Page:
Forecasters with the National Oceanic and Atmospheric Administration say there's an increased chance for an above-normal Atlantic hurricane season this year.
According to an update released Thursday, NOAA's Climate Prediction Center increased the likelihood of an above-average hurricane season to 45 percent, up from 30 percent in their May outlook. The likelihood of near-normal activity is now at 35 percent, and the chance of below-normal activity has dropped to 20 percent.
"NOAA forecasters monitoring oceanic and atmospheric patterns say conditions are now more favorable for above-normal hurricane activity since El Nino has now ended. Two named storms have formed so far this year and the peak months of the hurricane season, August through October, are now underway," NOAA said in a news release.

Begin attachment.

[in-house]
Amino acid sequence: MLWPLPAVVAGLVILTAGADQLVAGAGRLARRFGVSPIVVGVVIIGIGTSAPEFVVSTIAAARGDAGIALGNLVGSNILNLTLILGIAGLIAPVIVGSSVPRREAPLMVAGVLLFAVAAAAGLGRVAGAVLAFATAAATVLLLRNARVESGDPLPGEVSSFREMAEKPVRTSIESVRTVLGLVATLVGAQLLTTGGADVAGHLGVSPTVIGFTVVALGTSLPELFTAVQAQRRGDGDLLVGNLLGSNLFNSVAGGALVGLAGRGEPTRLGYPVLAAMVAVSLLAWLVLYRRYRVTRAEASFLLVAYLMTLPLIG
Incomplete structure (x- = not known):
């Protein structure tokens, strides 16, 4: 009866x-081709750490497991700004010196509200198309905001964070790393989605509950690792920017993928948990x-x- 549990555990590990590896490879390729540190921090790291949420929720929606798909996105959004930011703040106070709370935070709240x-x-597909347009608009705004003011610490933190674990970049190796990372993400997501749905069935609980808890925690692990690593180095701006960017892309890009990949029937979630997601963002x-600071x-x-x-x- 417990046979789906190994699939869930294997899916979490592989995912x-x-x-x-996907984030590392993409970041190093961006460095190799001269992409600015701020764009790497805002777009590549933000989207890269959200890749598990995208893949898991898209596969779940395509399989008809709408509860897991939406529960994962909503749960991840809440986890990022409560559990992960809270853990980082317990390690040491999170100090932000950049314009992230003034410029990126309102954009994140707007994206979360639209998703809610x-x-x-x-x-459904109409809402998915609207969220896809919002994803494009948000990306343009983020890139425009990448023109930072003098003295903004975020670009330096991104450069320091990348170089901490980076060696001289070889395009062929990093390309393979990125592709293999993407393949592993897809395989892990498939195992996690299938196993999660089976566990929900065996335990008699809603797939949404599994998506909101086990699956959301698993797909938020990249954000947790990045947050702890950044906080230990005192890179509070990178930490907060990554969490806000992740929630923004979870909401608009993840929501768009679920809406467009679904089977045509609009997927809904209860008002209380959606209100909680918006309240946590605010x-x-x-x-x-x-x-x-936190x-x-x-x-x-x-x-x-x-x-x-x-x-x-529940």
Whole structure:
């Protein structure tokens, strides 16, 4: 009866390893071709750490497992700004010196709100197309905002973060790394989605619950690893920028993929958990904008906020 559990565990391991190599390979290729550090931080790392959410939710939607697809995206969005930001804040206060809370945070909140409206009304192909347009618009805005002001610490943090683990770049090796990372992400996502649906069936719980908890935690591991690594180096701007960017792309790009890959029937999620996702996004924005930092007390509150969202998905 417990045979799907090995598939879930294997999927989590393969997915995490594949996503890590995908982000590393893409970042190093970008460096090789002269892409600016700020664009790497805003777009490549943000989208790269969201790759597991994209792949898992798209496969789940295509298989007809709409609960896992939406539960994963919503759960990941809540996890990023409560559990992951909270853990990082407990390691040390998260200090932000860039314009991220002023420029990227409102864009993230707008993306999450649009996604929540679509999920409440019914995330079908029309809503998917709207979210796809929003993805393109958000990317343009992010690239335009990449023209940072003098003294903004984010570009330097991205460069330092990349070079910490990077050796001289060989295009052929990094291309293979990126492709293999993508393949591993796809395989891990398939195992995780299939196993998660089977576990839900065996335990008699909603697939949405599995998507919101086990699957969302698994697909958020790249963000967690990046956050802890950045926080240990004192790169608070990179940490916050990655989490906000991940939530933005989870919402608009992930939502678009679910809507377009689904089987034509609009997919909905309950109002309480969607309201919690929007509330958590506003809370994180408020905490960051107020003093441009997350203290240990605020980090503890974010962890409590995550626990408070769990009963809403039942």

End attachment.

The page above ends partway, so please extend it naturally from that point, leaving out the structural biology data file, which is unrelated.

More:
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The number of predicted storms was also increased, with NOAA now expecting 10-17 named storms, of which 5-9 will become hurricanes, including 2-4 major hurricanes.
"El Nino typically suppresses Atlantic hurricane activity but now that it's gone, we could see a busier season ahead," said Gerry Bell, Ph.D., lead seasonal hurricane forecaster at NOAA’s Climate Prediction Center. "This evolution, combined with the more conducive conditions associated with the ongoing high-activity era for Atlantic hurricanes that began in 1995, increases the likelihood of above-normal activity this year."
The Atlantic hurricane season ends Nov. 30.